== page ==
Put Some Spring in your Step with Asparagus!

Asparagus is one of those controversial vegetables that people either love or hate. Nutrient dense, a half cup of cooked asparagus has just 20 calories, 2.2 grams of protein, 9 grams of carbohydrate and 1.8 grams of fiber. Rich in antioxidants and anti-inflammatory properties, the vegetable is relatively free from fat and sodium. It would be a disservice not to mention the unpleasant odor sometimes detected after eating asparagus. This is simply related to the breakdown of an acidic compound found in asparagus that is high in sulfur. This smell is harmless and leaves the system as quickly as it comes.

Asparagus comes in different varieties, each with its own unique characteristics: 

  • Green Asparagus is the most common variety. It has a grassy, sweet, and slightly bitter taste that makes it incredibly versatile. 
  • White Asparagus is grown underground, which prevents it from turning green and gives it a milder, nuttier flavor. It is very popular in Europe and tends to be expensive. 
  • Purple Asparagus is slightly sweeter and more tender than other varieties due to a lower fiber content. The vibrant purple color comes from its high anthocyanin content and makes it a beautiful addition to salads.

When selecting fresh asparagus, choose stalks that have a tightly closed bud. Stalks should be rich in color, stand firm, and appear straight and plump. One pound of asparagus usually has between 18-24 spears, about 4 servings. 

Fresh asparagus can dry out quickly. In not using right away, keep asparagus bundled in a rubber band, trim an inch off the bottom of the stalks and wrap the ends in a moist paper towel. Ideally stalks should be stored in the refrigerator, standing up in a container with a small amount of water (about 1 inch deep). 

Asparagus is a versatile veggie and super easy to prepare. Wash asparagus just before using. Remove the tough ends either by snapping them off or by cutting the spears with a knife. 

Once trimmed, the asparagus is ready to be grilled, roasted, sautéed, steamed, or boiled.

  • When choosing a cooking method, consider the thickness of the stalks. Thin asparagus is great for quick cooking methods like sautéing, while thick stalks are better for grilling or roasting.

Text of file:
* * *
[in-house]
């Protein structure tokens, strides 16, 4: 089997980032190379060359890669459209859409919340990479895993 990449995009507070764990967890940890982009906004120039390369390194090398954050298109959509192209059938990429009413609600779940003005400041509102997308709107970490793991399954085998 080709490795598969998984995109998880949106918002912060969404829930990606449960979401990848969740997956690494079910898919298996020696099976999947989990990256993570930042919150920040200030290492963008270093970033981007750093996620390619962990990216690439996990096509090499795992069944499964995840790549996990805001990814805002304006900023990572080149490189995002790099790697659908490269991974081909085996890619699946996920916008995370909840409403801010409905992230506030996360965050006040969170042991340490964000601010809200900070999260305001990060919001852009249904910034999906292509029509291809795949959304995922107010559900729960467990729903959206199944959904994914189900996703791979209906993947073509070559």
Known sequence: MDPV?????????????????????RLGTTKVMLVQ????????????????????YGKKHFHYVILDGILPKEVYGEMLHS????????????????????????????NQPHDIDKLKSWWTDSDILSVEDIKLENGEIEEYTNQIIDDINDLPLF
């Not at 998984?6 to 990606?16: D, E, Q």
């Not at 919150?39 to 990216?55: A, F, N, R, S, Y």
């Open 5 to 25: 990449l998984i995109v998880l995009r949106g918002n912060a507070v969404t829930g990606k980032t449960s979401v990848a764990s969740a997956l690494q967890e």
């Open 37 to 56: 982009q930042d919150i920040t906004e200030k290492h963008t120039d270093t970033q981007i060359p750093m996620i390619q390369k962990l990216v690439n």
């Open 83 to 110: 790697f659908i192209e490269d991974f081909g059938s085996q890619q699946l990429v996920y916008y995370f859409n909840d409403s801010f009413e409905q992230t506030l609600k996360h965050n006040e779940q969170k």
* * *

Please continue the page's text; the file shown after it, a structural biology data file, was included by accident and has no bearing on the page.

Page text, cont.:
• To roast asparagus, toss with garlic, parmesan, and lemony breadcrumbs and spread on a baking sheet. Roast at 450°F for 8-10 minutes, depending on the thickness, or cook until tender.
  • To sauté asparagus, heat a little oil or butter in a pan, add whole asparagus spears and sauté 3-4 minutes. Or, cut the asparagus into 1-inch pieces for stir-fries and cook for 3 minutes.
  • To steam asparagus, lay spears in a steamer basket, cover, and steam for 5-8 minutes. You can also tie in a bunch, stand upright in a pot of boiling water, cover and steam. The bottom will boil but the tips will steam.
  • To grill asparagus, toss with olive oil and season with salt and pepper. Then grill for 5-7 minutes over medium-high heat. Place the asparagus directly on the grill, wrap in foil, use a grill mat or vegetable basket. 
  • Or enjoy asparagus raw. Peel or thinly slice fresh asparagus and add to salads or serve whole spears with your favorite dip. 
  • This Asparagus Rice Bowl is a Spring recipe bursting with fresh vegetables and herbs. Known as “risotto” in Italy, this light dish uses Arborio rice, which has a firmer, chewier texture than traditional white rice. Pair this healthy rice dish with a simple tossed salad for a tasty dinner. 
  • Try this easy Creamy Asparagus Soup recipe that has less than 100 calories per serving. For a vegetarian version, use vegetable broth instead of chicken broth. 

There are so many ways to enjoy asparagus, so please indulge in this “little green giant.” Don’t let asparagus pass you by this spring!  

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